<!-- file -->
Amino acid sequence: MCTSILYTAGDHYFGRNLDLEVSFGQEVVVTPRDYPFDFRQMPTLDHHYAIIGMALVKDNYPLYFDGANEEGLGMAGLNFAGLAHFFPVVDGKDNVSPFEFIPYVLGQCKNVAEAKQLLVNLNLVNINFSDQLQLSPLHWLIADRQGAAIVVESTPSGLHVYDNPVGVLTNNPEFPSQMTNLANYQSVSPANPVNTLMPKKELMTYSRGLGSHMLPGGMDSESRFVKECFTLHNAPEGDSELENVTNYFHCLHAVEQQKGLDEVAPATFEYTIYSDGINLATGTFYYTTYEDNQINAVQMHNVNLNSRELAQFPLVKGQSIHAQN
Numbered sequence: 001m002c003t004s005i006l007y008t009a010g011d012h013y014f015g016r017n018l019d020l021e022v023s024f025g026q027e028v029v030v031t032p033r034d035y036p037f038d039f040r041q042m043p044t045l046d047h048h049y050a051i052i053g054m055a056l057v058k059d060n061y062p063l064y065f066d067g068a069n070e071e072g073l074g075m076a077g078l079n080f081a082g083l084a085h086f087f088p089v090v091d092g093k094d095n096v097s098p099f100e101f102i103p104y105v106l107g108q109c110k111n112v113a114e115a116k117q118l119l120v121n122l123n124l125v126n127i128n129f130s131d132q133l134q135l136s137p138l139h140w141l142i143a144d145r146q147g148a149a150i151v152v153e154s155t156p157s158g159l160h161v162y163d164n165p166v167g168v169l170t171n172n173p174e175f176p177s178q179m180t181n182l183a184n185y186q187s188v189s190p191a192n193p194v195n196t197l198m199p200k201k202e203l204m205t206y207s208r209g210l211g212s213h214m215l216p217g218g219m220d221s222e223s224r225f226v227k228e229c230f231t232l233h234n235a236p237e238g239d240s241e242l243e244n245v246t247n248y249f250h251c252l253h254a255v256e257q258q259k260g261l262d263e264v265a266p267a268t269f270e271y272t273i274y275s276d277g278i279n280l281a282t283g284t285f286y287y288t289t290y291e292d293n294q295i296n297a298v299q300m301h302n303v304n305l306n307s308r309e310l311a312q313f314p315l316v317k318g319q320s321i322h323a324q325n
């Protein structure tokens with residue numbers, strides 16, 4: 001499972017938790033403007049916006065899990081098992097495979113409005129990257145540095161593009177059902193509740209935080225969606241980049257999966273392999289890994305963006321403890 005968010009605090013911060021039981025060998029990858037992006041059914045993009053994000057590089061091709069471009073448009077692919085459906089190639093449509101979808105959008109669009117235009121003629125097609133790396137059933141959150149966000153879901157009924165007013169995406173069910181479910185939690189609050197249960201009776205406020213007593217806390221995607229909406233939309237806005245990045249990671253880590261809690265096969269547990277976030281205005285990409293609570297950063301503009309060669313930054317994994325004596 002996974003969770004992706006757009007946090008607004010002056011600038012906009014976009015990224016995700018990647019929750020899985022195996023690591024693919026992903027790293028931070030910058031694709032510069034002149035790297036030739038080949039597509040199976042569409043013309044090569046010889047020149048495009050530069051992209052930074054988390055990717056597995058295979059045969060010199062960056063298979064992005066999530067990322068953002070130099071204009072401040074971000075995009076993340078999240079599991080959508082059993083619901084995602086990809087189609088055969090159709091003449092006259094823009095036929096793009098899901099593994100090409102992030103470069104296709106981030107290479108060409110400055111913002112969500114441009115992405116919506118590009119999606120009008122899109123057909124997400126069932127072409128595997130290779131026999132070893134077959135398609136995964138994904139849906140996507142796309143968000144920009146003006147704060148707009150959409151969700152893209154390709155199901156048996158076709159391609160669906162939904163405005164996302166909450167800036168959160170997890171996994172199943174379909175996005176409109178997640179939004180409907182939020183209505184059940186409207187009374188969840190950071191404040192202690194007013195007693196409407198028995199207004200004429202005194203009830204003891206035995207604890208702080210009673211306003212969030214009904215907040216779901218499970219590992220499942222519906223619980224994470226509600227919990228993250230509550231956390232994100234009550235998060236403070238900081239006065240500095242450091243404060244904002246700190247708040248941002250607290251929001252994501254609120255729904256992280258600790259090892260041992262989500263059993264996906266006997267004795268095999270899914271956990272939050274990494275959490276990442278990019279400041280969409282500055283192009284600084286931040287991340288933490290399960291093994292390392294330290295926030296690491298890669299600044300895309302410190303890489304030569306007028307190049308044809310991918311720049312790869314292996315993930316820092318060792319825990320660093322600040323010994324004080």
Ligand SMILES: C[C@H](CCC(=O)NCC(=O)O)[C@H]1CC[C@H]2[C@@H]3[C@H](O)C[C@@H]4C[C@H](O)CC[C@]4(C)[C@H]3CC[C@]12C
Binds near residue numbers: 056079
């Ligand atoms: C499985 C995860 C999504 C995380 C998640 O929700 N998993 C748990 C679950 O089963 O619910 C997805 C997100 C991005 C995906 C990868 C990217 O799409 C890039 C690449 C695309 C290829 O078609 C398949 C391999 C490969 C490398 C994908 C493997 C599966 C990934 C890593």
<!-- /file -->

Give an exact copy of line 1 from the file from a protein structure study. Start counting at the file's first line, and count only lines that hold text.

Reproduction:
Amino acid sequence: MCTSILYTAGDHYFGRNLDLEVSFGQEVVVTPRDYPFDFRQMPTLDHHYAIIGMALVKDNYPLYFDGANEEGLGMAGLNFAGLAHFFPVVDGKDNVSPFEFIPYVLGQCKNVAEAKQLLVNLNLVNINFSDQLQLSPLHWLIADRQGAAIVVESTPSGLHVYDNPVGVLTNNPEFPSQMTNLANYQSVSPANPVNTLMPKKELMTYSRGLGSHMLPGGMDSESRFVKECFTLHNAPEGDSELENVTNYFHCLHAVEQQKGLDEVAPATFEYTIYSDGINLATGTFYYTTYEDNQINAVQMHNVNLNSRELAQFPLVKGQSIHAQN